After you plan for all that and determine what the expected budget would be to do it, you then have to look at your best guess as to what the expected return in terms of increased sales would be (including resulting book sales). If that expected return is less than the expected investment, then the project will probably be nixed by management. Should that be the case, your best hope will be if some programmer there (or possibly some independent programmer working with the released code) comes up with an implementation on his/her own time, and then submits it to the Amazon development team as a fait accompli, at which point Amazon's investment to implement it would be less as it would only need to do some regression testing and installation testing, at which point you might then get your folders enhancement.

(Yes, I've spent way too many years in the software industry. 8) )
 

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With three versions of Kindles out now, I can't believe that the people over there in the Amazon Kindle department haven't heard that the one thing most, if not all, Kindle owners would like is the ability to make folders. Maybe it's not possible at this time, but I sure would like Amazon to address this. Let us know the reason why they can't do it now. Maybe it's budget, software, battery life, or maybe they ARE working on developing it, as we speak, whatever. . . just make a statement to what's going on.

If they make a statement that is not possible, okay, we then will except it, and we'll stop our bellyaching.
 

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back2nature said:
With three versions of Kindles out now, I can't believe that the people over there in the Amazon Kindle department haven't heard that the one thing most, if not all, Kindle owners would like is the ability to make folders. Maybe it's not possible at this time, but I sure would like Amazon to address this. Let us know the reason why they can't do it now. Maybe it's budget, software, battery life, or maybe they ARE working on developing it, as we speak, whatever. . . just make a statement to what's going on.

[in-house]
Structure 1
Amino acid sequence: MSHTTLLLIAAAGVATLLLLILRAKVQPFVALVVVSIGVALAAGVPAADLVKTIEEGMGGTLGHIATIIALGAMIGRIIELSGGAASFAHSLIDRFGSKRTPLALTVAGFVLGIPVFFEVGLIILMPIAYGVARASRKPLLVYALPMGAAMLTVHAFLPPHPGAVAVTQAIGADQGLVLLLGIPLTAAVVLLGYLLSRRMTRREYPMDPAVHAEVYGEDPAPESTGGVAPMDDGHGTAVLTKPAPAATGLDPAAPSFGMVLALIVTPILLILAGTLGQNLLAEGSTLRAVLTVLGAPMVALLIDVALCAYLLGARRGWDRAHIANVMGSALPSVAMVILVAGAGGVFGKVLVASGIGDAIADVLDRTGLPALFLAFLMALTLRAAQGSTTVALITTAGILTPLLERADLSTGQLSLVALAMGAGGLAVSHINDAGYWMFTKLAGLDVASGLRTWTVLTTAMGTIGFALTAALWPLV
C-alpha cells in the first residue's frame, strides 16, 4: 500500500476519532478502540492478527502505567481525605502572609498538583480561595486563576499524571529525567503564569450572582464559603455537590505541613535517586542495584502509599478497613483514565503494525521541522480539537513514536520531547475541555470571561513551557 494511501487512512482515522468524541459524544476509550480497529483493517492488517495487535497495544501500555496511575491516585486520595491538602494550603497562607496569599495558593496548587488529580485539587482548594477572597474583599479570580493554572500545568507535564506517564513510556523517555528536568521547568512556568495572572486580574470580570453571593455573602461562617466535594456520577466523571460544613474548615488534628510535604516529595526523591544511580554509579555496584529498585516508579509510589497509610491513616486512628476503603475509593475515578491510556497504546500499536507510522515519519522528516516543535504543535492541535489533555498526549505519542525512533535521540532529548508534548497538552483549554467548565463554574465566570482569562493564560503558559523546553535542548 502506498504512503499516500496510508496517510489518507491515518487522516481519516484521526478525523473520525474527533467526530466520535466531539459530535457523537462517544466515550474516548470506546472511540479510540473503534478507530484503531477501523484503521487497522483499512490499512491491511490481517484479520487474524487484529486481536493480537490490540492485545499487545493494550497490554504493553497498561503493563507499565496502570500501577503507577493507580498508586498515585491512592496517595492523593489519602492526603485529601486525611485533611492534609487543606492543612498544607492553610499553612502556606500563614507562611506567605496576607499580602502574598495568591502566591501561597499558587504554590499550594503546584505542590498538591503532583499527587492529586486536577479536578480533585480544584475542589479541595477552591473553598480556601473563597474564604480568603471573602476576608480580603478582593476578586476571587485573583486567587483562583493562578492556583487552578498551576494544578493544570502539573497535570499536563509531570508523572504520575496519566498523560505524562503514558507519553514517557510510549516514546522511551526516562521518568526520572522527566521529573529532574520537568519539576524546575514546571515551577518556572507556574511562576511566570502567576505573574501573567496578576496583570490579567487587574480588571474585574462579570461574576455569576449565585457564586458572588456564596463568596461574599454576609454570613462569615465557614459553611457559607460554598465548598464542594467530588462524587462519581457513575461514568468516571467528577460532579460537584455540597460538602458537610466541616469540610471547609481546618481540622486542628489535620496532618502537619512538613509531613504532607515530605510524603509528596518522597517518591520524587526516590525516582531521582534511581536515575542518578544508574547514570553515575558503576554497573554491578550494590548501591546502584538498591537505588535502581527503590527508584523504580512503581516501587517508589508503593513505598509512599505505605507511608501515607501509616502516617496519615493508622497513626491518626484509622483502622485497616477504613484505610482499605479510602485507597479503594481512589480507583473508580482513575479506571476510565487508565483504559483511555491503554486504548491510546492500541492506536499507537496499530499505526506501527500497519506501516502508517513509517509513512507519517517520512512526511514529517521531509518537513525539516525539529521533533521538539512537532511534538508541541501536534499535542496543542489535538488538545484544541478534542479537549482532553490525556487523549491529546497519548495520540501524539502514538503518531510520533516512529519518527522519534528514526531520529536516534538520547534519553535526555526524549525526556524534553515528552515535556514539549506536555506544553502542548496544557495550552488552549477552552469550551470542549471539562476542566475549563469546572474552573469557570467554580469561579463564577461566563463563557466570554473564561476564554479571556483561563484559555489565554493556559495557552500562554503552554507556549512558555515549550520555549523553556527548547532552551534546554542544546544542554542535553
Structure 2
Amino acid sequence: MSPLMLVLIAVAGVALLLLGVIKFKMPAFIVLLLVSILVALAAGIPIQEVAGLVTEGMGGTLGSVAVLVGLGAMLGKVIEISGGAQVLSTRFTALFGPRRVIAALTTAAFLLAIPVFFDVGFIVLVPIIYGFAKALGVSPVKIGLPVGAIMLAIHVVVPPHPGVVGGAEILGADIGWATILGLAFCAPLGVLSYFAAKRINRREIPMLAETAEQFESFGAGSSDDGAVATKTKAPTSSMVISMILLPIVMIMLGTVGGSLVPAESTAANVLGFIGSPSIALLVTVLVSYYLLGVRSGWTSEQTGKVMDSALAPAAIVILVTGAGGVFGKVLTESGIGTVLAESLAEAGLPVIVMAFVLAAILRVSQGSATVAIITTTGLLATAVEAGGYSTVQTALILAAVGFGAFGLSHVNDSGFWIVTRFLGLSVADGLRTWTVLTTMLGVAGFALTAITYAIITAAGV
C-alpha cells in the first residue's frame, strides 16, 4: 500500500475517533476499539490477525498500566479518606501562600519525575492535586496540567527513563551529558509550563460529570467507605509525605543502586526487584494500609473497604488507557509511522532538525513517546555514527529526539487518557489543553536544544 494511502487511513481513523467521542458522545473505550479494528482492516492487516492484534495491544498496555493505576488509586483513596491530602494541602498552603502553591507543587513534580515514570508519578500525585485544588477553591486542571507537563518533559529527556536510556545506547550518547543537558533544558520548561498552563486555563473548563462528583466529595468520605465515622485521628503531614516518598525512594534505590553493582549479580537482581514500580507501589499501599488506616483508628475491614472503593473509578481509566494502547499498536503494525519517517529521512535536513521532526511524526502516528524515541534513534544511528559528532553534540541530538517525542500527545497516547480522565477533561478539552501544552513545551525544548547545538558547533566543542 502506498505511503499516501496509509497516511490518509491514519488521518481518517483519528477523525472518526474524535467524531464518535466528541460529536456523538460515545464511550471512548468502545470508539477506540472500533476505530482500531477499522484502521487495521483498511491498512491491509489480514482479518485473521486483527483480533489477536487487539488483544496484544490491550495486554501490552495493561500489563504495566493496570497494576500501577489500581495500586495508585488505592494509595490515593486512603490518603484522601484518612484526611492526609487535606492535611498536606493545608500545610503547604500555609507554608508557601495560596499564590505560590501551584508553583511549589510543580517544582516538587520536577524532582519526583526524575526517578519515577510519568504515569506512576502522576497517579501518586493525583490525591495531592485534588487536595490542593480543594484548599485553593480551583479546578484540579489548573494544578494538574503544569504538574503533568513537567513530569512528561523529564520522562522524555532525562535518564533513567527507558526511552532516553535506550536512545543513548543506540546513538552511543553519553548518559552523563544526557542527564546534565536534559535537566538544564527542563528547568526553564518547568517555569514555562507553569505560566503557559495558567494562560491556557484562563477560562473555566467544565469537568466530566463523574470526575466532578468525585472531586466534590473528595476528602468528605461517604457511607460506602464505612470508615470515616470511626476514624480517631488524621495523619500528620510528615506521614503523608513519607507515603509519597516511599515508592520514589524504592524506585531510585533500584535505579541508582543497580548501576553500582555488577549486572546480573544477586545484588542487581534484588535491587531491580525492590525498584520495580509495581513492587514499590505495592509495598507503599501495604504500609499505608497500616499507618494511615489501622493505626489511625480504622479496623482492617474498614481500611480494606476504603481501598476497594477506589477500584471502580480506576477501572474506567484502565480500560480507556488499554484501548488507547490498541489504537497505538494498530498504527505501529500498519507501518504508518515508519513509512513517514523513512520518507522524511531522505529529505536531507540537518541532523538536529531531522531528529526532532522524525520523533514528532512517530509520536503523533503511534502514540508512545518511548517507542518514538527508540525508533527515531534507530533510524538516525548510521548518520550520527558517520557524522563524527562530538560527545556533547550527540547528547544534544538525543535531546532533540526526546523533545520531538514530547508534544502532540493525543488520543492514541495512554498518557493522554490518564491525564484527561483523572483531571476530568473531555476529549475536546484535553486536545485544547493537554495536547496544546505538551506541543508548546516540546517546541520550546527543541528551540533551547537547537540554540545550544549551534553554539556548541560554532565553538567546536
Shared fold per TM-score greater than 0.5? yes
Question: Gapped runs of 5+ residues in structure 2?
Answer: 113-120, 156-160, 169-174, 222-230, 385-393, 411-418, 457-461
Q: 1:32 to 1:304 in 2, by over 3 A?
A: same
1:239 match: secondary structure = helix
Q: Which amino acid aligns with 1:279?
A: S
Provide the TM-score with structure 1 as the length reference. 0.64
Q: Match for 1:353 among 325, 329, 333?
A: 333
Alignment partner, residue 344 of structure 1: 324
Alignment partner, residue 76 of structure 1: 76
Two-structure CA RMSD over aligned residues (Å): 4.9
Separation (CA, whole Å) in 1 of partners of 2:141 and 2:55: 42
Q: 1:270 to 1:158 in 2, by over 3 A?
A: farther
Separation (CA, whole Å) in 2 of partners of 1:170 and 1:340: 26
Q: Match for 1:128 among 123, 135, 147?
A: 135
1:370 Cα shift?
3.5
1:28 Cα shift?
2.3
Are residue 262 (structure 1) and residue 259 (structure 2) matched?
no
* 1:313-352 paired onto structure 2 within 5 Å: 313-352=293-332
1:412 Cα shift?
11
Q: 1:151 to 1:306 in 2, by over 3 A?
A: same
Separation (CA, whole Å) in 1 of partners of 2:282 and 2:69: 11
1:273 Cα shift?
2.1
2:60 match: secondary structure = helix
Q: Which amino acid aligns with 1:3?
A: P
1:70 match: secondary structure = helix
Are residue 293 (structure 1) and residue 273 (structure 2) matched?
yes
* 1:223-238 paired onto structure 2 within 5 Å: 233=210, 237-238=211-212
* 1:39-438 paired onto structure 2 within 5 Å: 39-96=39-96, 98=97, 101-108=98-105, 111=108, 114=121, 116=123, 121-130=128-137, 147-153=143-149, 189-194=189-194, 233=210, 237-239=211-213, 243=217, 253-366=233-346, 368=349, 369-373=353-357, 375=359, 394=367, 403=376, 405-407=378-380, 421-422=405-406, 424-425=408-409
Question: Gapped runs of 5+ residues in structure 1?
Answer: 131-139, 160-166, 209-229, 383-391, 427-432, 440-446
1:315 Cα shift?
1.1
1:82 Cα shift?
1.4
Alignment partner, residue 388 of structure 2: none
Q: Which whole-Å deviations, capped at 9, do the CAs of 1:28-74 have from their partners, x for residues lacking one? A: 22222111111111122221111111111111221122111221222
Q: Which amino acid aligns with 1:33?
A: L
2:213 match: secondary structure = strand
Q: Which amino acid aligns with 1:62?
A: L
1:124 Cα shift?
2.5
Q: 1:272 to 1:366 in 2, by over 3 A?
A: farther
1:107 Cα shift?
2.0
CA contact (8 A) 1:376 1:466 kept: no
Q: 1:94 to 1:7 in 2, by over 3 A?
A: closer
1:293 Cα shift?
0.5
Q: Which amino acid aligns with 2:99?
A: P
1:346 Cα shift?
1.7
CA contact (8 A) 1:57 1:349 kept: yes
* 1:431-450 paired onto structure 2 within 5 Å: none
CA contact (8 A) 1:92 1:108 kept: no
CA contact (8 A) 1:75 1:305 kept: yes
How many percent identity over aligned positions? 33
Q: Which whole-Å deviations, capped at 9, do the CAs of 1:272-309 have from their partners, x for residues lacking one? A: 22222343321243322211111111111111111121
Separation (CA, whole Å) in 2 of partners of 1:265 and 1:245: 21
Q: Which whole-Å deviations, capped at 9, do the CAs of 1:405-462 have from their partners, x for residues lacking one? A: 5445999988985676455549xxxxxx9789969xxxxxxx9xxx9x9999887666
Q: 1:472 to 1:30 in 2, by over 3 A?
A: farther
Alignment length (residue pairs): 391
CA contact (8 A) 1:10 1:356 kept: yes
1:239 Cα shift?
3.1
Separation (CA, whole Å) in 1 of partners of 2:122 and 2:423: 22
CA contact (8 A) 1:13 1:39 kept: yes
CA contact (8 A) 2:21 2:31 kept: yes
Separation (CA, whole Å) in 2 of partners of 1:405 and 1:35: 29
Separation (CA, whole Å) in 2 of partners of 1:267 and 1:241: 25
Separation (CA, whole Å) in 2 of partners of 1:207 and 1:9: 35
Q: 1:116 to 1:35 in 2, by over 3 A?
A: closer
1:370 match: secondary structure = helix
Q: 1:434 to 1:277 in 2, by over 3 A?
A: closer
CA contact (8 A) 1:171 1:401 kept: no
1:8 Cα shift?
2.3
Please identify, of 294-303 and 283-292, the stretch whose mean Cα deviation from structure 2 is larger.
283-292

If they make a statement that is not possible, okay, we then will except it, and we'll stop our bellyaching.
I think the question here, though, is how would having folders increase the number of books you buy from Amazon, and/or how would it increase sales of Kindles to new owners? (Would you have bought your Kindle sooner had you known it had a "folders feature"?) What is the business case for Amazon to provide this additional feature to those of us who already have purchased a Kindle and are already buying books? If you can come up with some rationale as to how folders would increase Amazon's bottom line, then they'll do it in a snap. If it's just a "nice to have" feature that won't have any significant impact on their sales, then I think we're at the mercy of waiting for someone to do it on their own time, not on Amazon's.

(Personally, I don't feel any great need for folders. I suppose if I had them I'd use them, but right now it's among the least of my worries. But then I've always marched to the beat of a different drummer, so don't go by me, Amazon.)
 

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I would say competition with other ebooks. Since more and more people are buying ebooks, they have to make a decision which to buy on what features they have. Possibly, the one with folders is one thing that lets them plunk down the money. Look what we do when we buys cars or TVs. etc. It may be just one thing that we really, really want. That's where the money comes from.
 

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My guess is they'll have them incorporated later this year (just prior to the release of the Plastic Logic reader, which includes "folder" management.